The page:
Chancellor’s pledge to introduce new bands for the bank levy mean some big banks could end up paying hundreds of millions of pounds less in tax.

Britain’s biggest lenders are in line for hundreds of millions in tax cuts under proposed changes to the bank levy after complaining that the burden fell disproportionately on domestic institutions.

Barclays and HSBC could see their levy charges fall by a combined total of more than £300m if the Treasury goes ahead with plans to switch to a band-based system whereby the tax of an individual bank is capped at an upper limit.

A new consultation on the changes announced in last week’s Budget will begin this week, with the government suggesting a maximum charge of £375m under the draft proposals that will likely mean big UK lender paying less, while foreign lenders could see the cost of the levy rise.

However, even before the publication of the draft documents the proposals are already threatening to cause a political storm with Cathy Jamieson, Labour’s shadow financial secretary, describing the changes as a “secret tax cut” for the big banks.

“This looks like a secret tax cut for the big banks hidden in George Osborne’s Budget. The bank levy has already raised billions less than was originally promised. George Osborne must come clean and explain what impact this banding will have on revenues from the bank levy in future years,” said Ms Jamieson.

The changes will be introduced at the start of next year and will divide banks into five separate bands, with the proposed charge rising from nothing for lenders with balance sheets of less than £20bn to £375m for those with chargeable assets of between £160bn and £320bn.

Last year, Barclays paid £504m in levy charges, while HSBC paid £544m, the most of any bank. Under the draft proposals, Barclays’ bill would have been £129m lower and HSBC’s would have been £169m less.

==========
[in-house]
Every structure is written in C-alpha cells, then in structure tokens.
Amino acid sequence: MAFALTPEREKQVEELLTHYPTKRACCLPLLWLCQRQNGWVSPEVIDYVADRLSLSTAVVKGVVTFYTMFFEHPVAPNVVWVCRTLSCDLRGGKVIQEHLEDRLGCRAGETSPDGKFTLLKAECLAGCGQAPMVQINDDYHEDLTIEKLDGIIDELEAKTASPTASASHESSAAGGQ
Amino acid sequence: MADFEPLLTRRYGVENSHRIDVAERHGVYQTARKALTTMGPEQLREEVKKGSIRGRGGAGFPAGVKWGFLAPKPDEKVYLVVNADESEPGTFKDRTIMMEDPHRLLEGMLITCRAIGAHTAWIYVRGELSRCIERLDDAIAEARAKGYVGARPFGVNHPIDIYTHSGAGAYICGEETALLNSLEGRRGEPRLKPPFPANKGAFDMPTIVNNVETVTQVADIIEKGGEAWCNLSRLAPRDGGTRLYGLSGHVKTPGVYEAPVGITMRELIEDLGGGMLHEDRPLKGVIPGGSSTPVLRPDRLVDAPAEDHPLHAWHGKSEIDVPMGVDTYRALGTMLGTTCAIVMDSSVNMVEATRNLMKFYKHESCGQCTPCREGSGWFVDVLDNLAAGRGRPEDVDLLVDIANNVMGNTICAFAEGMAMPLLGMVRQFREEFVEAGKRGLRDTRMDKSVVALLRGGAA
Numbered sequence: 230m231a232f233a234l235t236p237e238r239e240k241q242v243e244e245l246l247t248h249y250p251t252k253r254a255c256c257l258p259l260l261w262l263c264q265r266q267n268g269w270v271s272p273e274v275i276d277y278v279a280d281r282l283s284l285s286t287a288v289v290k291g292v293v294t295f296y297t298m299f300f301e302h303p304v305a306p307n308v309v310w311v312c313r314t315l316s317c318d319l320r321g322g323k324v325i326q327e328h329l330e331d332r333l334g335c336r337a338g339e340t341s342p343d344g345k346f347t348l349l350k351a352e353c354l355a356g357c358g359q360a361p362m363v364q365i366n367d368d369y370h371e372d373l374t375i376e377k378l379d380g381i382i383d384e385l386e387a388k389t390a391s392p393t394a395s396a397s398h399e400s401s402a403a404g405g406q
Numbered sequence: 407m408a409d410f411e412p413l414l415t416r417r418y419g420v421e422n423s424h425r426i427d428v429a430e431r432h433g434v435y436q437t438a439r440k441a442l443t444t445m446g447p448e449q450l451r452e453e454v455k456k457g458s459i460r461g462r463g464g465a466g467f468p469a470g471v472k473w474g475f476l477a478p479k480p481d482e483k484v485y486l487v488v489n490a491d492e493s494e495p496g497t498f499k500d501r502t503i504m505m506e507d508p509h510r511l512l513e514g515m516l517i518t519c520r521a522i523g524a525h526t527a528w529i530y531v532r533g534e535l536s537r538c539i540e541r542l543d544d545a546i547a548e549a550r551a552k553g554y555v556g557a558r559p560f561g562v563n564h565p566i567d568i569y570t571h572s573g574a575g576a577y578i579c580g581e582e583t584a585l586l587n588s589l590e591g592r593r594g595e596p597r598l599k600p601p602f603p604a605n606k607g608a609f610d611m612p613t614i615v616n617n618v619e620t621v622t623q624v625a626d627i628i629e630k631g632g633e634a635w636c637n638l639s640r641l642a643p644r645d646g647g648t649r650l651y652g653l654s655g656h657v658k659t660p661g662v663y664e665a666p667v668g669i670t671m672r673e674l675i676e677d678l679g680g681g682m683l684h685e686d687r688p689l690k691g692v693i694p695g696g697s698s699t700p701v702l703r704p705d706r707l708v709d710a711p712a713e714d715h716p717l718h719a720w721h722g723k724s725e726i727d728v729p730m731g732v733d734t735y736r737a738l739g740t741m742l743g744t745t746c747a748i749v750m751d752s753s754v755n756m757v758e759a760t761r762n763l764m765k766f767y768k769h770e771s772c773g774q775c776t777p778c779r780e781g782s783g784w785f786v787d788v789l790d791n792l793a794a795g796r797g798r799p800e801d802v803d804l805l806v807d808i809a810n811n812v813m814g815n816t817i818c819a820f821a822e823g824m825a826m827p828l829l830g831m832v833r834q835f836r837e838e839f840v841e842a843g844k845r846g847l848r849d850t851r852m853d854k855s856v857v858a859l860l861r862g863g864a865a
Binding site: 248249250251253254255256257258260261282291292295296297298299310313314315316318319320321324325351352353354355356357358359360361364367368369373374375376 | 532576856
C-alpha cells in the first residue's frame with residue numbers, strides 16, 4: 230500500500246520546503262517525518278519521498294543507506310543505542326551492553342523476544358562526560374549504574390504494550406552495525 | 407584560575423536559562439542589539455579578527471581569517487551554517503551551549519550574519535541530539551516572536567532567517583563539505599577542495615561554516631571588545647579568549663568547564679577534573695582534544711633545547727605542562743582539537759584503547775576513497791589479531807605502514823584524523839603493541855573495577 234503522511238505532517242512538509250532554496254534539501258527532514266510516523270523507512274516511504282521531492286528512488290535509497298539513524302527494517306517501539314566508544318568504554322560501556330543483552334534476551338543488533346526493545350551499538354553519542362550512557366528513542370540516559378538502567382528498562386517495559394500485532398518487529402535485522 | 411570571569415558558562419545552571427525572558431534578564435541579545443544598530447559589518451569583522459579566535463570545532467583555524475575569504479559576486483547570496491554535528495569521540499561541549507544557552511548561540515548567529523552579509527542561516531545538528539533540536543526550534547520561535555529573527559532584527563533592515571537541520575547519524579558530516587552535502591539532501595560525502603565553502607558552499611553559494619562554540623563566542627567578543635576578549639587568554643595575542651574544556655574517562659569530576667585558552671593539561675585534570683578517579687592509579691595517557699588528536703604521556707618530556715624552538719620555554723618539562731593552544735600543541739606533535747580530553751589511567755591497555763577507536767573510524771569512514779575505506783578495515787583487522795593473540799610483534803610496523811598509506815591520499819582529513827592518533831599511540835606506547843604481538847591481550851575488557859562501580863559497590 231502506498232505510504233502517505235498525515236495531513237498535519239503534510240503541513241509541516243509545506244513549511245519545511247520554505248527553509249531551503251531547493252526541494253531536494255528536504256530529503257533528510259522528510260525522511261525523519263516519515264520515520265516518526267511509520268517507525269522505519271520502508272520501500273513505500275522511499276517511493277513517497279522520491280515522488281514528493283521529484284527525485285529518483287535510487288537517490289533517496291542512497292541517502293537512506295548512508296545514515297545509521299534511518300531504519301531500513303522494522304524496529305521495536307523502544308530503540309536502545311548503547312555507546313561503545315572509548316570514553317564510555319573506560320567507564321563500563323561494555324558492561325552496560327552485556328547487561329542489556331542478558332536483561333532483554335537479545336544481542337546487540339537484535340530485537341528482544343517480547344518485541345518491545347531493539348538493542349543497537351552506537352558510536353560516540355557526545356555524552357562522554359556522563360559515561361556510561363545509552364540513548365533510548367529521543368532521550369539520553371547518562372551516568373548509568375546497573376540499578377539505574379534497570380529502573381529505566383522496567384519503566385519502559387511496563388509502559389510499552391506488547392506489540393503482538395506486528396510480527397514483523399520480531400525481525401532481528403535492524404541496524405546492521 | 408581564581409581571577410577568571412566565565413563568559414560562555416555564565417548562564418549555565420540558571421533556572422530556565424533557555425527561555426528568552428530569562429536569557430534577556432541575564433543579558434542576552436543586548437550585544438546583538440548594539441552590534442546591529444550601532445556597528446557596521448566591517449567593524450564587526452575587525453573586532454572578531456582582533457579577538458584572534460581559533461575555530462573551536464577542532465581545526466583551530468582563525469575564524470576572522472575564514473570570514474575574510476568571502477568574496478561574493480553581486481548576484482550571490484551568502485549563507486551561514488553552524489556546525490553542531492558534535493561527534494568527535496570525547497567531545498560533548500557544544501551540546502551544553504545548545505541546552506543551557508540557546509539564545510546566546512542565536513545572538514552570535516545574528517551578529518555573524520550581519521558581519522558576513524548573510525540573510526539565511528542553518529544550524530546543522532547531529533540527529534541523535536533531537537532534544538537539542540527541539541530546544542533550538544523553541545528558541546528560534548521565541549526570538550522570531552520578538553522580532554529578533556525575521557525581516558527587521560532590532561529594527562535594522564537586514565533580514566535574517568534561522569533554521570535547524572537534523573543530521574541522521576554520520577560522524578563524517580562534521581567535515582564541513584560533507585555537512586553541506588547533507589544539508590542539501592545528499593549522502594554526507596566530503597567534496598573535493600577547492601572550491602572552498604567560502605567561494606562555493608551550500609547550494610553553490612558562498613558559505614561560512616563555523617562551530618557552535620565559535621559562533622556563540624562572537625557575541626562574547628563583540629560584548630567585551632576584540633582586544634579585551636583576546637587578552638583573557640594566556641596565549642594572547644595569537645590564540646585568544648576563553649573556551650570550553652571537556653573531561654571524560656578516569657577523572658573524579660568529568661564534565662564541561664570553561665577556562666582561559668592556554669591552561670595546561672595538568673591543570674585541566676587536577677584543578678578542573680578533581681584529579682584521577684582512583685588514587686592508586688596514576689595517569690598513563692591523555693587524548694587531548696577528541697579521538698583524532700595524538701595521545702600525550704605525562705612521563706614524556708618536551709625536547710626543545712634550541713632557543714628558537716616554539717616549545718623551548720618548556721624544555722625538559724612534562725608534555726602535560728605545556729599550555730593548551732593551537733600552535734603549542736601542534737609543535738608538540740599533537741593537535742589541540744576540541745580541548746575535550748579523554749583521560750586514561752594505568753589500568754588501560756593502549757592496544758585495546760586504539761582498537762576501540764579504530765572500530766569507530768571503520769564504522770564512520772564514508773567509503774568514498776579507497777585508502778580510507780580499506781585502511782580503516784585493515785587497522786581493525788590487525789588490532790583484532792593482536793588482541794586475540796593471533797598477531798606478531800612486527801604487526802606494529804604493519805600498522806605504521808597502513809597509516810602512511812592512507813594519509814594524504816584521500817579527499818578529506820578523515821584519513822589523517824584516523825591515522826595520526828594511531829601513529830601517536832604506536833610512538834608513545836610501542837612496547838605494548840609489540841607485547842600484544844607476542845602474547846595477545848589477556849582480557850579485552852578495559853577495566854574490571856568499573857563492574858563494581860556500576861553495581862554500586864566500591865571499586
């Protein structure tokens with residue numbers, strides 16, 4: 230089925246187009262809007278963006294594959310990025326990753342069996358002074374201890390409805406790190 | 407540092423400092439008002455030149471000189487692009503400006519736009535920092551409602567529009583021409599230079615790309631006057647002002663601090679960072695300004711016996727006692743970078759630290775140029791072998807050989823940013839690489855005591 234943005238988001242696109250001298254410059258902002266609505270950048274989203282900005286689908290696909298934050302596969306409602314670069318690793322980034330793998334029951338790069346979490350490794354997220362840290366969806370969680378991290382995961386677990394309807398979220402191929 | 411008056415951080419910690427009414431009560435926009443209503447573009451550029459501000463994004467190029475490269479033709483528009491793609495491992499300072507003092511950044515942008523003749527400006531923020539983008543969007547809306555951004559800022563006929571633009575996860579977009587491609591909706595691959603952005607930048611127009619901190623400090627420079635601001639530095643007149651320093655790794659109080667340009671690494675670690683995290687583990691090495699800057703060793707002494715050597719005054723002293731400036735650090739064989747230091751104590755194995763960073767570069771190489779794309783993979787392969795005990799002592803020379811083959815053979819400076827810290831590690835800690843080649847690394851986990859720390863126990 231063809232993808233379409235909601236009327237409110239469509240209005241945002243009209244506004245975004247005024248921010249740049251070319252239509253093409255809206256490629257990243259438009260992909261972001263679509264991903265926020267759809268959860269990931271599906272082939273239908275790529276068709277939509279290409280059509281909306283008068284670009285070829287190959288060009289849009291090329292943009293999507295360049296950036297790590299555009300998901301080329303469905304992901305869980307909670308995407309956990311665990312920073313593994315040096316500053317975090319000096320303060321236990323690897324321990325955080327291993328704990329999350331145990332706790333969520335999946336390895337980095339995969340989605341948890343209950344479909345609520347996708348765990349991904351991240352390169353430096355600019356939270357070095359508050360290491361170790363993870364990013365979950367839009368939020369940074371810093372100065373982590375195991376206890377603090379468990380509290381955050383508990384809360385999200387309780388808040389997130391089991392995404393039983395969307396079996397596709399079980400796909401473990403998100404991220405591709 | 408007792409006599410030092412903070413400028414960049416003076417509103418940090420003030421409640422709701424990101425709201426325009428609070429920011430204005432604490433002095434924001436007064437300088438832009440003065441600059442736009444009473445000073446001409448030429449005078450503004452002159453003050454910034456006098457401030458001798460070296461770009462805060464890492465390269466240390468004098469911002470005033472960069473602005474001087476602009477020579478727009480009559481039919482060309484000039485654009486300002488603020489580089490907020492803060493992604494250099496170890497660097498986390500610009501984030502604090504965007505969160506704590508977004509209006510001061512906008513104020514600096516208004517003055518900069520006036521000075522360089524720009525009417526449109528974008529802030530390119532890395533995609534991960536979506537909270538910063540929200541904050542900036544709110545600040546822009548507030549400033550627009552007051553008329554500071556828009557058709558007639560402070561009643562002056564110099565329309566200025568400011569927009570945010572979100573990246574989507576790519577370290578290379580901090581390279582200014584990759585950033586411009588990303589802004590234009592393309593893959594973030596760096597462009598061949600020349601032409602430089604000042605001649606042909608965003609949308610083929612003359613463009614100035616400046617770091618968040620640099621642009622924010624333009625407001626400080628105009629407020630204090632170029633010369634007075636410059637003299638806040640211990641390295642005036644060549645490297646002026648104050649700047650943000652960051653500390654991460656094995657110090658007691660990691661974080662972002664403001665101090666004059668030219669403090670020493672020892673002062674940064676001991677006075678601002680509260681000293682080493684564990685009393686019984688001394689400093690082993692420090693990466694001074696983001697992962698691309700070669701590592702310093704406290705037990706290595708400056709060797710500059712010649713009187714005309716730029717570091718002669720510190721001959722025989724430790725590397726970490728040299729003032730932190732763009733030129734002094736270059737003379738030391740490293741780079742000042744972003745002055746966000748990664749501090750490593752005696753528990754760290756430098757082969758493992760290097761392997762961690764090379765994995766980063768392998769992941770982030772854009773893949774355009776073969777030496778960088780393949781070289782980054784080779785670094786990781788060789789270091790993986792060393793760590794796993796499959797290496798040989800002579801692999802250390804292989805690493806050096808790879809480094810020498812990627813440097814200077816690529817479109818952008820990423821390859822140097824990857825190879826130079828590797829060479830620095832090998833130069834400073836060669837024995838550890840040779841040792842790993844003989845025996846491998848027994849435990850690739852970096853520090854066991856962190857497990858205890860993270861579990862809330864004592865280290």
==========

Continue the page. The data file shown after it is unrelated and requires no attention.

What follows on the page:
Given the levy was set to increase by 20pc this year, the actual savings the banks could make on their levy charges might be even greater, with one banking industry tax expert estimating the combined saving could be closer to £400m.

“The issue with lowering the tax on some of the biggest banks is that the Treasury has to make up the difference somewhere else and that more than likely means raising the cost to international firms; some could see a big increase in their share of the cost,” said Wayne Weaver, UK banking tax leader at Deloitte.

Tom Aston, head of banking tax at KMPG, agreed and said the government was worried about about appearing “soft” on banks.

“The government will not want to appear soft on taxing the banking industry, but if the latest proposals are intended to please the UK banks then there is a significant burden to be redistributed onto foreign institutions,” he said.

Research by KPMG found that more than 70pc of the levy is paid by British banks. The government originally set a target of raising £2.5bn a year from the charge, but got just £1.6bn from it in the year 2012/2013 and is expected to raise £2.3bn in the current tax year, according to the Office for Budget Responsibility.

The shortfall has been caused by the rapid shrinkage of bank balance sheets against which the levy is charged. This shrinkage has forced the Treasury to increase the tax seven times since it was announced in 2010.

The Treasury held a consultation on the levy last year amid anger among banks at the repeated hikes in the rate and in December a series of changes were announced to lessen the cost to UK-based lenders.

“This new consultation looks to me like some banks are still unhappy with the burden that falls on them and have pushed for a more radical change to the way it is calculated,” said Mr Weaver.

He added: “Moving to bands will certainly help on the administrative side, though if the bands are changed frequently along with the charges then it won’t provide the predictability the industry is looking for. I think a review on, say, a three-year cycle would be sensible.”

A spokesman for the Treasury said: “The bank levy is forecast to raise £2.9bn a year from 2015-16 according to the independent OBR and the government has no plans to reduce the amount of money the levy raises.”

He added: “The consultation, announced at Budget last week, will look at ways to make the levy more predictable and sustainable moving forward. The suggested changes will not impact on the target yield from the levy, which is designed to ensure that the sector makes a fair contribution.”

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